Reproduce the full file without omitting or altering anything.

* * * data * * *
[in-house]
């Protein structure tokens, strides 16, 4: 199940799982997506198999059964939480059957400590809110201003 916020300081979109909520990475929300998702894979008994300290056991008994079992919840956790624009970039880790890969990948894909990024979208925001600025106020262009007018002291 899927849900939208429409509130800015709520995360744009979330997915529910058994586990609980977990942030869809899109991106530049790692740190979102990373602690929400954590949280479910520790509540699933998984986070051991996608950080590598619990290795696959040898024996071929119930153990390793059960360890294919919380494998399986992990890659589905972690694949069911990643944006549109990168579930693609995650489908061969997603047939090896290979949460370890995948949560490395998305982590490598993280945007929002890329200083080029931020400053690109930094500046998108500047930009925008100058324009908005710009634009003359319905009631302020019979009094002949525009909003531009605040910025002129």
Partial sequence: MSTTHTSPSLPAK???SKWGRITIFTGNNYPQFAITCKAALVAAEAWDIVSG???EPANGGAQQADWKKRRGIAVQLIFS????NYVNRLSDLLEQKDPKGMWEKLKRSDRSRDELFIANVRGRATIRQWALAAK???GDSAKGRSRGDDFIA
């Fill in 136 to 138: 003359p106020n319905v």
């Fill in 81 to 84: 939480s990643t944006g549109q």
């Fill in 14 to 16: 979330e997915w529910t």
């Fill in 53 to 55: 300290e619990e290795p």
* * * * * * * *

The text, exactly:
[in-house]
């Protein structure tokens, strides 16, 4: 199940799982997506198999059964939480059957400590809110201003 916020300081979109909520990475929300998702894979008994300290056991008994079992919840956790624009970039880790890969990948894909990024979208925001600025106020262009007018002291 899927849900939208429409509130800015709520995360744009979330997915529910058994586990609980977990942030869809899109991106530049790692740190979102990373602690929400954590949280479910520790509540699933998984986070051991996608950080590598619990290795696959040898024996071929119930153990390793059960360890294919919380494998399986992990890659589905972690694949069911990643944006549109990168579930693609995650489908061969997603047939090896290979949460370890995948949560490395998305982590490598993280945007929002890329200083080029931020400053690109930094500046998108500047930009925008100058324009908005710009634009003359319905009631302020019979009094002949525009909003531009605040910025002129």
Partial sequence: MSTTHTSPSLPAK???SKWGRITIFTGNNYPQFAITCKAALVAAEAWDIVSG???EPANGGAQQADWKKRRGIAVQLIFS????NYVNRLSDLLEQKDPKGMWEKLKRSDRSRDELFIANVRGRATIRQWALAAK???GDSAKGRSRGDDFIA
């Fill in 136 to 138: 003359p106020n319905v």
């Fill in 81 to 84: 939480s990643t944006g549109q």
């Fill in 14 to 16: 979330e997915w529910t």
């Fill in 53 to 55: 300290e619990e290795p």